With the shutdown in place to contain the spread of coronavirus, many ongoing development works of the two Dhaka city corporations have come to a standstill.
But more importantly, failure to carry out the pre-monsoon sewerage and drainage systems cleaning drive due to the shutdown may end up resulting in serious waterlogging in many areas as well as rise in mosquito population, feared engineers and contractors.
At present, they are not even sure when they will be able to resume the works, let alone finishing those.
Last month, while writing a story about the condition of the city's footpaths, this correspondent spoke to Ejajul Islam Ansari, assistant engineer of Dhaka North City Corporation (DNCC zone-5), who has been looking after the drainage and median work on Manik Mia Avenue.
A confident Ansari had assured this newspaper then that the work would be over within two months.
But talking to him recently painted a different picture.
"We stopped all the development works around March 26 because of the recent crisis. We don't even know when we will be able to resume," he said.
Saidur Rahman, executive engineer of DNCC (zone 3), is facing a similar predicament. He said drainage, footpath and road development works were going on in Banasree, Niketon, Baridhara, Badda, Gulshan and Banani areas but they had to stop those due to the Covid-19 outbreak.
"We may need to wait for a while before resuming work. Due to the pandemic, work period for the projects might have to be extended, however the budget will remain the same," he said.
Not just the city corporation officials, but contractors assigned to do the job are also in a fix. Due to the pandemic, they had to leave the work halfway through.
Some said even if they wanted, they would not be able to do the work as most labourers have left the city.
Abdul Hai, a contractor working in DNCC projects at areas including Niketan, Mohammadpur and Uttara, said "We always try to finish the projects before the rainy season starts, which won't be possible this time."
The proprietor of Asif Traders said the drainage development works were not yet completed and the upcoming monsoon will spell trouble for both the residents and contractors.
"Due to monsoon, the work will slow down. Also, on a regular day we need around 40-50 labourers but during the rainy season we need over 100 workers to get the job done. This will also make the cost go up," he added.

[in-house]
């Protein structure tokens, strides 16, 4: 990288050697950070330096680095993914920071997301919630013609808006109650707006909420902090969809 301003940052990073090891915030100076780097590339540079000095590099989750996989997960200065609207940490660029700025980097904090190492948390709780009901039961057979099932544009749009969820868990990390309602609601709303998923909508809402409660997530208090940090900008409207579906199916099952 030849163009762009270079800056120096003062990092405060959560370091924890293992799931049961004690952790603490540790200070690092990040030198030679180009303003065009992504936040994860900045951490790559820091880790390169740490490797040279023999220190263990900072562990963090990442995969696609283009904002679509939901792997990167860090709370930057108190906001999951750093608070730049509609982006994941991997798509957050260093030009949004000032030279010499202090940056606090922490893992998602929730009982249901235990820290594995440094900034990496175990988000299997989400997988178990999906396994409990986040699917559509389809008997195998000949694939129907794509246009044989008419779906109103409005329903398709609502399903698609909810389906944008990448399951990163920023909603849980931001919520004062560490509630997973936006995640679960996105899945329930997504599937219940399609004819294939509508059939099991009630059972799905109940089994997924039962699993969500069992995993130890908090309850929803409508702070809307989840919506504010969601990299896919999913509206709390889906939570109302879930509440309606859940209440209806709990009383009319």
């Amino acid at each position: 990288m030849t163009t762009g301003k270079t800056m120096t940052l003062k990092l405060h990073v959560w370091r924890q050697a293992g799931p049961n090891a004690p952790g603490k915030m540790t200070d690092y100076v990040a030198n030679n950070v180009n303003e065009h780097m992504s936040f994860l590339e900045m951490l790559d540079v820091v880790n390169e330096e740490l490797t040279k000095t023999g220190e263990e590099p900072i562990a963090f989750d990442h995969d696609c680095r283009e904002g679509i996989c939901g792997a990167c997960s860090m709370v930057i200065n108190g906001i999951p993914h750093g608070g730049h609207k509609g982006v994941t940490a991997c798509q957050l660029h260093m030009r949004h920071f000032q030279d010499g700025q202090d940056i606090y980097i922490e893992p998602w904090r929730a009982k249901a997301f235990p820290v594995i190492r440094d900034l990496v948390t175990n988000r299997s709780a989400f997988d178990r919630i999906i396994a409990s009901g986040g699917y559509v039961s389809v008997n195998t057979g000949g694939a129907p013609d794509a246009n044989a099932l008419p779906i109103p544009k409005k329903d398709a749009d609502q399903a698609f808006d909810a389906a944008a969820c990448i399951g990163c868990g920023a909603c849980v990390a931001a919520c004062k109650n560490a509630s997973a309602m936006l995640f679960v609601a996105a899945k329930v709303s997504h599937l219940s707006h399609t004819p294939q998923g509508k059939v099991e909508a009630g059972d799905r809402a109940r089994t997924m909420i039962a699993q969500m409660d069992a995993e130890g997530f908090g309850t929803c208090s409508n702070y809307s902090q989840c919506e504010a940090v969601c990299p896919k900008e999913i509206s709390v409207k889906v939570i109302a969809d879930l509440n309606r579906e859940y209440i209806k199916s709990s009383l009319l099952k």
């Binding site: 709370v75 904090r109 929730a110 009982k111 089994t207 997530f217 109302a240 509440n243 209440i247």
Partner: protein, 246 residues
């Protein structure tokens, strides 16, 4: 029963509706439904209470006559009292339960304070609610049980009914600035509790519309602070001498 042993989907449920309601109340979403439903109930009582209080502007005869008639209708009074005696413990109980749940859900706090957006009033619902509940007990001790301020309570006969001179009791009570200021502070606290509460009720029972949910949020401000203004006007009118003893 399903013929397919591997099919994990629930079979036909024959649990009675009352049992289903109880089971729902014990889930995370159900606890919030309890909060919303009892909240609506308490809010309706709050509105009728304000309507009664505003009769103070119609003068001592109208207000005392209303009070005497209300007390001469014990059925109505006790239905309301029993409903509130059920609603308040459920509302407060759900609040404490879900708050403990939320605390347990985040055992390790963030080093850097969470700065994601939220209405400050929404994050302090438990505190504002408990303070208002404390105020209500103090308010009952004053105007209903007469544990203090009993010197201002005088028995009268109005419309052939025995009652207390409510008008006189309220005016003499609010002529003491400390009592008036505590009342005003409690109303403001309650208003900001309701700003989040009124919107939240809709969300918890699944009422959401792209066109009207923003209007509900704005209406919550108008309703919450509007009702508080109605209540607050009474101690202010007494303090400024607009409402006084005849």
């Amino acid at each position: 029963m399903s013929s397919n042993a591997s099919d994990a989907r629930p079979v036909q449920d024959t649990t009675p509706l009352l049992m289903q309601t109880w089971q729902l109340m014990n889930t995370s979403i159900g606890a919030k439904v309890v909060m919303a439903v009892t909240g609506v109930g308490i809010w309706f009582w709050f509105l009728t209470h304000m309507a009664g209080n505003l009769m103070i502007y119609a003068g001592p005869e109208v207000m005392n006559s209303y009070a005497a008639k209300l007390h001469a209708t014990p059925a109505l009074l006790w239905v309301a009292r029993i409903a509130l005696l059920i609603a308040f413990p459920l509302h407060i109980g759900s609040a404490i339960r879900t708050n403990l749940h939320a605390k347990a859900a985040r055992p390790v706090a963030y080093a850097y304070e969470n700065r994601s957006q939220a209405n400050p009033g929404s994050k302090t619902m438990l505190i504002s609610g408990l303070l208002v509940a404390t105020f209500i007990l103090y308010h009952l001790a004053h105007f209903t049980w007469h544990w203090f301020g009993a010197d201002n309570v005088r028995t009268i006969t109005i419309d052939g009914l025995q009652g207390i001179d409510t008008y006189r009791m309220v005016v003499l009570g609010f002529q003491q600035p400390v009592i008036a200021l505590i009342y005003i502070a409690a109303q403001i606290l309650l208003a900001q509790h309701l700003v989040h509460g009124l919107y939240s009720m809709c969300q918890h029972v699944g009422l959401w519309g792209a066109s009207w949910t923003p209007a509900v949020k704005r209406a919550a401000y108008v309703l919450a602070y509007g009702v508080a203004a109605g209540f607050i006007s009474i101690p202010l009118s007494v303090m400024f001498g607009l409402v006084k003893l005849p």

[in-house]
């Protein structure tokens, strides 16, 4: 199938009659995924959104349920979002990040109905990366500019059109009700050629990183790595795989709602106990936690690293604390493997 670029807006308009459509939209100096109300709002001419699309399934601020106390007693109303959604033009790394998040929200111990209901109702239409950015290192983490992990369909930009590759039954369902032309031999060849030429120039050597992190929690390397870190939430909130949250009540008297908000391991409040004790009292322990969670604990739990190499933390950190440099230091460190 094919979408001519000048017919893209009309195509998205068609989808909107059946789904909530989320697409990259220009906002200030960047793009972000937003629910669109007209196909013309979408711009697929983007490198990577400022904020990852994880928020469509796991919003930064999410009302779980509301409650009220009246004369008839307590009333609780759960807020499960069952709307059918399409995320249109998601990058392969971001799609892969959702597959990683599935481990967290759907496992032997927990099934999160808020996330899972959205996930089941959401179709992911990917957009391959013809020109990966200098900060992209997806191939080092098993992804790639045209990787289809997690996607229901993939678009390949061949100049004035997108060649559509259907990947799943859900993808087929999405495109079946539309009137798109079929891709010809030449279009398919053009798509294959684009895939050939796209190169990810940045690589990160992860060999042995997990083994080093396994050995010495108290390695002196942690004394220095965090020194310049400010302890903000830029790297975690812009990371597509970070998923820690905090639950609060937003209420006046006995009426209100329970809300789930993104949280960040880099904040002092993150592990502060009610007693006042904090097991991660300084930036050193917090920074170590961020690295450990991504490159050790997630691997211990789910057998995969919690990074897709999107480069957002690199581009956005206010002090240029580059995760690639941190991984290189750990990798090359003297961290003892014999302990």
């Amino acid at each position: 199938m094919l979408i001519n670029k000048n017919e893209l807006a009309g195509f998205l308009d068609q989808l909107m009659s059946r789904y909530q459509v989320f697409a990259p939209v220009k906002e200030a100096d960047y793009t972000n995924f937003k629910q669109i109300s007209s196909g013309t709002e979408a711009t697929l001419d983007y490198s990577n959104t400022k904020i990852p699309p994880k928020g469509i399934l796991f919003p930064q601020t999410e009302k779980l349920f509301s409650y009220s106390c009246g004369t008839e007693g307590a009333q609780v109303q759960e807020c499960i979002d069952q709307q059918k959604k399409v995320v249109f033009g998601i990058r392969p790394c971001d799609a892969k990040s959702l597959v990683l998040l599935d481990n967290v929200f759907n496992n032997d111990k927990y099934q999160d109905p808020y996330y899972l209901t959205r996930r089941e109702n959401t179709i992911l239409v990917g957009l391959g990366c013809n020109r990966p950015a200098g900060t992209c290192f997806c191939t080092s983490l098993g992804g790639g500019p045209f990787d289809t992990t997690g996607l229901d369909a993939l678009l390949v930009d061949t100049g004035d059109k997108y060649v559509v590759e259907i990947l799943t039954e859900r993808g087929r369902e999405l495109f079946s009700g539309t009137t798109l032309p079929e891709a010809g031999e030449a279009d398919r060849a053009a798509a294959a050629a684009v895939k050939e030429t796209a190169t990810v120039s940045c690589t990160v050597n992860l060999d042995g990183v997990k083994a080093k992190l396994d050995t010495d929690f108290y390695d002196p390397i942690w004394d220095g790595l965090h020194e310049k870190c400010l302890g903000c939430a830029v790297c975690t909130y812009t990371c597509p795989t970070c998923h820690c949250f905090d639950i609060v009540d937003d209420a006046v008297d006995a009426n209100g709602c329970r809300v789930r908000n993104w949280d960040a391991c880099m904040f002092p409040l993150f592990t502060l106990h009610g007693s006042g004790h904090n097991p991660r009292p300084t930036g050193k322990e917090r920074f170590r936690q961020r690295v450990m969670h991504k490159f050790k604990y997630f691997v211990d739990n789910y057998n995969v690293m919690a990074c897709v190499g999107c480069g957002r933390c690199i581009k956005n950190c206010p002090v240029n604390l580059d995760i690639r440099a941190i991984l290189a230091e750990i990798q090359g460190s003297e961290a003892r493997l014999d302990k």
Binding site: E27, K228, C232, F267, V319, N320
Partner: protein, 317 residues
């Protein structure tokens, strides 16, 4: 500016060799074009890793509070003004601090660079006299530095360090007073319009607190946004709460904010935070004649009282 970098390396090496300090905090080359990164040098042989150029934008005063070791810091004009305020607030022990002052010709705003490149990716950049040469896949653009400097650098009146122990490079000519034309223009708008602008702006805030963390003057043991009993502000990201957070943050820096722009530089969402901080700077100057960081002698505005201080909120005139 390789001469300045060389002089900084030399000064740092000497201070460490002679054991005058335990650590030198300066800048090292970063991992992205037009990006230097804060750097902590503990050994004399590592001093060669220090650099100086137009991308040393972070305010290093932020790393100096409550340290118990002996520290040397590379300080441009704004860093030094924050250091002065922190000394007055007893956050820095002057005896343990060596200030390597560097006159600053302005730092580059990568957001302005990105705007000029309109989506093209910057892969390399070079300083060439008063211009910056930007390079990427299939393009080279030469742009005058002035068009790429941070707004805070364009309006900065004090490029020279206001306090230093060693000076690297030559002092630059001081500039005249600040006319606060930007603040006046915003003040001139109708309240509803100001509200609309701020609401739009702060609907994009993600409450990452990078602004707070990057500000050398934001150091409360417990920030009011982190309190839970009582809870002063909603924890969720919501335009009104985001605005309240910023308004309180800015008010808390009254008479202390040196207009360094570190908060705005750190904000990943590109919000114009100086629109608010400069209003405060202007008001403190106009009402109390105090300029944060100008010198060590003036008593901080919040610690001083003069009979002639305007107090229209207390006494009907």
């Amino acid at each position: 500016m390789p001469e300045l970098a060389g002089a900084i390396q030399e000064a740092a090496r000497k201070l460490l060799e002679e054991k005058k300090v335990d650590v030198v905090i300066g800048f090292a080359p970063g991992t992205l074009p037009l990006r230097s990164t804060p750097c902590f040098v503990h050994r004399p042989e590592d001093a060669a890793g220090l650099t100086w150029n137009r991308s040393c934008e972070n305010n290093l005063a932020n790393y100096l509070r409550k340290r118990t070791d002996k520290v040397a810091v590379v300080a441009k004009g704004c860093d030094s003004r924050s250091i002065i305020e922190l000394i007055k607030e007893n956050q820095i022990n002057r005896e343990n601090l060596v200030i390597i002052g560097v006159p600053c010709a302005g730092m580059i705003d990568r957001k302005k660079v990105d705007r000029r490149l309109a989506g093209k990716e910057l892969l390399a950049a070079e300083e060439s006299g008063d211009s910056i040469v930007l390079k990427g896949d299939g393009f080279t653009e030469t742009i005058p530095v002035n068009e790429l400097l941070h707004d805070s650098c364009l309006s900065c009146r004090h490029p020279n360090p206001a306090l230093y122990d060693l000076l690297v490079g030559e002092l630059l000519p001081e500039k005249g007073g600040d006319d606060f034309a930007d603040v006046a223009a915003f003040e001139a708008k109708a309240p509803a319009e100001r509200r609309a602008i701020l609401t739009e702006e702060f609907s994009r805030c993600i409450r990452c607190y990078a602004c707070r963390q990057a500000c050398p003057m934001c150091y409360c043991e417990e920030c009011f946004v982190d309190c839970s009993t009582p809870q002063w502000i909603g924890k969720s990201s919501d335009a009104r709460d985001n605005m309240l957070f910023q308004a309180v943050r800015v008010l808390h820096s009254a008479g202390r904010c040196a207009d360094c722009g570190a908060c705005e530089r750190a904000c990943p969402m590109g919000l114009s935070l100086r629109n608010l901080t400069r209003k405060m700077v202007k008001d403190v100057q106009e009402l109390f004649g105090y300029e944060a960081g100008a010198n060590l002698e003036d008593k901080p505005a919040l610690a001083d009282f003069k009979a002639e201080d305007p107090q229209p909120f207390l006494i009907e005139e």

Besides, they had kept the piles of sand, bricks and rods on roadsides, he said, fearing those might get damaged or stolen.
Another contractor, Khairul Hasan, whose company Opal International was working on a Dhaka South City Corporation project to solve the waterlogging problem in the secretariat area at Topkhana (zone-1). As per agreement his company was scheduled to finish the work within June.
"We have completed 80 percent of our work. We just needed a couple of days more but we had to abandon our work due to the virus outbreak," he told this correspondent.
"We have installed drainage pipes underneath the footpath, surrounding the secretariat. However, we did not get enough time to cover up the pipes and carpet it with cement," he said, adding that they did fill the gaps so that people can walk over it.
Khairul also said most of his labourers had left the city. He said since most of the work has been done, he is hopeful that they will be able to finish the work quickly once the situation improves.
"We cannot ask for extra money from the city corporation as we already signed a contract to finish the work within the decided budget. But there's a chance that construction materials may get pricier given the situation," he added.
Meanwhile, city dwellers are also concerned. They said once the present crisis passes, they will have to worry about waterlogging, unfinished roads, footpaths and mosquito attacks.
"In our area, drainage work has been going on for months. Now, the work is left half done… there's craters at many places… when monsoon starts and the situation does not improve, there will not only be waterlogging but also mosquito problem," said a worried Sabuj Alam, a resident of Badda.
Sanjidul Hasan of Shahjadpur said, "Usually the city corporation is to blame for a patch up job or leaving the work untended, but it's different now… it's not in their control."
Saiful Alam, executive engineer of DSCC (zone-1), seemed to agree with residents.
"It's a situation we had no control over. However, we are still on duty and doing the emergency work from our engineering department," he said. "For example, if any particular road gets damaged and ambulance cannot go through, we repair it right away with our limited manpower."